Song of My People

As a child, one of my favorite elements in any fantasy novel was the song. From Redwall to Rivendell, the ringing of rhyme was a sure sign of goodness, truth, or beauty. Power absent from average speech imbued poetry. It was a higher language, a more perfect expression of thought: vehicle for frigid spells, warm revelry, and bittersweet longing alike.

As an adult, my delight in the poetic has only grown—not least because I now appreciate how difficult it can be to create.

Sadly, it seems the songs are falling silent. Whether due to a decline in writerly talent or a deliberate aesthetic eschewal, poetry is relatively absent from today’s popular fantasy. While songs may be referenced, rarely are they written. I imagine this has something to do with the ill fate of rhyme itself in a society that’s so severely attenuated the need for manual memory. I also suspect nihilism is involved: i.e. that uninhibited displays of un-ironic enthusiasm have become a bit of an embarrassment. That sort of thing is for kids, not Dark & Gritty Adults™ who stand aloof from a meaningless existence.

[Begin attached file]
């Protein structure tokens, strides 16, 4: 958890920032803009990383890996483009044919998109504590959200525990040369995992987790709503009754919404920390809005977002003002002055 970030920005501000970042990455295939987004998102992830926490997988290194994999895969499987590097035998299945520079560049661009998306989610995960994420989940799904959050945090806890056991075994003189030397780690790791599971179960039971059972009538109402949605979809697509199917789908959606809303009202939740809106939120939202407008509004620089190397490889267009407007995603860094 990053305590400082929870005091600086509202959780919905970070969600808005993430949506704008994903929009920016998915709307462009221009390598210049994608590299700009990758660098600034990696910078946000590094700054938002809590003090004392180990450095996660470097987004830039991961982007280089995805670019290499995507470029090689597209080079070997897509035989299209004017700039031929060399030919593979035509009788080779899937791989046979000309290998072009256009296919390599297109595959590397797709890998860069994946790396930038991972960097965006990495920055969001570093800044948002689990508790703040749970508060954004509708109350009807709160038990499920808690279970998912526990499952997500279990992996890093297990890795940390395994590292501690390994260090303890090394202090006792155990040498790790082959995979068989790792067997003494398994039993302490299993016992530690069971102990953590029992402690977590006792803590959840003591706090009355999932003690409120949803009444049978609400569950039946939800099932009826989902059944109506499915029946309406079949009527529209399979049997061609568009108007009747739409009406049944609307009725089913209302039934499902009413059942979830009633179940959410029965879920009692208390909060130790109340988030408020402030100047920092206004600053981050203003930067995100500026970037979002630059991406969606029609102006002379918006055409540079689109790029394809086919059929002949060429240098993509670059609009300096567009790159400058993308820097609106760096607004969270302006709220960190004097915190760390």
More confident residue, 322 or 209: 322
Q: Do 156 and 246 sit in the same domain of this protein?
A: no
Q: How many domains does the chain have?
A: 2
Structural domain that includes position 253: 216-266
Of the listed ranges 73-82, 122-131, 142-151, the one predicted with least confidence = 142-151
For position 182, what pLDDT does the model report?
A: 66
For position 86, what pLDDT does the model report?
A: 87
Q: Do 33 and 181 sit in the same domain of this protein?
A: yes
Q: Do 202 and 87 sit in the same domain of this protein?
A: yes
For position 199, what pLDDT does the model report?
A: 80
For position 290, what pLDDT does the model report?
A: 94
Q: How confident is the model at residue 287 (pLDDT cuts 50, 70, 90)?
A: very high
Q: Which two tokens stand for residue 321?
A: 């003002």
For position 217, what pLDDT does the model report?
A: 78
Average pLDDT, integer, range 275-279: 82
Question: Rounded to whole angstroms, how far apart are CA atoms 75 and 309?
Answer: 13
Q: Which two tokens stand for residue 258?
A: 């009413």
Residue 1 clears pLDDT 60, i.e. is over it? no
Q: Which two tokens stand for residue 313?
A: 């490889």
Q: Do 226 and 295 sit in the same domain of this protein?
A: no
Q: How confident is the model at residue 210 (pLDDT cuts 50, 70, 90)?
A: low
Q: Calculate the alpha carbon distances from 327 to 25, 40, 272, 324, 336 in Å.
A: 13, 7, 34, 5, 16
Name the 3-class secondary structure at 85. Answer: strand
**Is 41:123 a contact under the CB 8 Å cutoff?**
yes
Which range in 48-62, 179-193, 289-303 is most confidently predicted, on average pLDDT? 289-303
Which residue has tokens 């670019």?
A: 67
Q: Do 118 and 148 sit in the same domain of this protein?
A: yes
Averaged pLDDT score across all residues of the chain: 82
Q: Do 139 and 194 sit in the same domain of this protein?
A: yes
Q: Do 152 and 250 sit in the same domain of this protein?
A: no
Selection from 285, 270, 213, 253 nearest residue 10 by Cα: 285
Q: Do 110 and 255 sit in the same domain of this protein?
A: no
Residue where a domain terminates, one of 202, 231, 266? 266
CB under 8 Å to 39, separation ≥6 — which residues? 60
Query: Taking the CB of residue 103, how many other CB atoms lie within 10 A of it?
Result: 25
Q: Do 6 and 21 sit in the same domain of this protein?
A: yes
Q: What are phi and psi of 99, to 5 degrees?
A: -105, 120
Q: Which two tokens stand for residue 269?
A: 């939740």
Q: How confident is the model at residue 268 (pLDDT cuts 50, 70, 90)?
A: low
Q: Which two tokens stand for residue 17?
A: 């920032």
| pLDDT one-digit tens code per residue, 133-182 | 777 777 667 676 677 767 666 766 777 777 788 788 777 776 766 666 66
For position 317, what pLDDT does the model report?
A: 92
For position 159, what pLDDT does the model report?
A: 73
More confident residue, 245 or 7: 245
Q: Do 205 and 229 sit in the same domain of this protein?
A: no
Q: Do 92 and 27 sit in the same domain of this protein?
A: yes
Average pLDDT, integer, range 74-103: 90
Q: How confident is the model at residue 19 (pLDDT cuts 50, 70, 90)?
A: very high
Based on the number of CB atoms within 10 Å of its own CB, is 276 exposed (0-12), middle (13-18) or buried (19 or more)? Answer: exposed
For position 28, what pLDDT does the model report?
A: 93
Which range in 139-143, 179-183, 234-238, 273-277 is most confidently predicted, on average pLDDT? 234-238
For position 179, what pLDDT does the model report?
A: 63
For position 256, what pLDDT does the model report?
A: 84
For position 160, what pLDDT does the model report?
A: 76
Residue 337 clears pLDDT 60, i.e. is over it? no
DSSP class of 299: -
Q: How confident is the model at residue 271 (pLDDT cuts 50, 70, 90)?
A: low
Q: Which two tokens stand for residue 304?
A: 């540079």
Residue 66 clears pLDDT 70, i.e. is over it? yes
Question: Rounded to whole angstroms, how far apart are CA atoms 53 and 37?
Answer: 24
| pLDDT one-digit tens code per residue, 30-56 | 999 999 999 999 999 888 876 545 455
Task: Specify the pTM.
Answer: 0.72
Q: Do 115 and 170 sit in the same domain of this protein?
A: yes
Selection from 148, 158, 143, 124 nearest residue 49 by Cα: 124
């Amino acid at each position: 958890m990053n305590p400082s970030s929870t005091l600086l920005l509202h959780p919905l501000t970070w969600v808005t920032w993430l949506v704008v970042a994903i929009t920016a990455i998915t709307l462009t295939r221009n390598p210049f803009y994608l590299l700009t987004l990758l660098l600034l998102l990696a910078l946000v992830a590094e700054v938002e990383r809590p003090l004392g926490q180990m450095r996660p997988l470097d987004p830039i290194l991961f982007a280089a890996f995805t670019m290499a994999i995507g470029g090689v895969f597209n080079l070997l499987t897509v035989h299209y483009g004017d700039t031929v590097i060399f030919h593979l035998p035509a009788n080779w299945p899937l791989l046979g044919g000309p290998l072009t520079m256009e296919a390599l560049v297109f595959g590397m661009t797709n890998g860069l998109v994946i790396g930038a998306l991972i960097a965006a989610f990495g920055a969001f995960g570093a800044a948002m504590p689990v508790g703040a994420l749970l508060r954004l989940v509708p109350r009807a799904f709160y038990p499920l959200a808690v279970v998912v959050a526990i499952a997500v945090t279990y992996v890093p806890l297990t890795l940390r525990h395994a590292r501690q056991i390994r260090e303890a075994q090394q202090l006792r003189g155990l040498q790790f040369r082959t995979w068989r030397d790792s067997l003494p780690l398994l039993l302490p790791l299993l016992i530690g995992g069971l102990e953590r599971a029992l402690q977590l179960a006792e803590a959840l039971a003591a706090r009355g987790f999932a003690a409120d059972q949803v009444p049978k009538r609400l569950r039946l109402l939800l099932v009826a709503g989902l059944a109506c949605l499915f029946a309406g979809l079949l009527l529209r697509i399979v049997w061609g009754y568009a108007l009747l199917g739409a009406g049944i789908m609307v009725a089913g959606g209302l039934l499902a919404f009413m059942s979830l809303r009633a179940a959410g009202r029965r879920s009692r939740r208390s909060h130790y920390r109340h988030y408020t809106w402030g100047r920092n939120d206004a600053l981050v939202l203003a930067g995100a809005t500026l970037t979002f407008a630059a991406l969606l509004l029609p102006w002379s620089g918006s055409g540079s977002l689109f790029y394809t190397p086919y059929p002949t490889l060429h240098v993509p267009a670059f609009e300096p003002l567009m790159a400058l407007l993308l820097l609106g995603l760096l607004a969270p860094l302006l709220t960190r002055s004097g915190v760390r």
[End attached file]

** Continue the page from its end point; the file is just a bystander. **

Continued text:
But the lure of fantasy is the lure of the past. It’s the thrill of rediscovery, the vicarious scratching of that itch in the back of the mind which whispers that ancient knowledge has been forgotten and former greatness lost.

And so I say to my characters, sing away! The song of your people is also that of mine.


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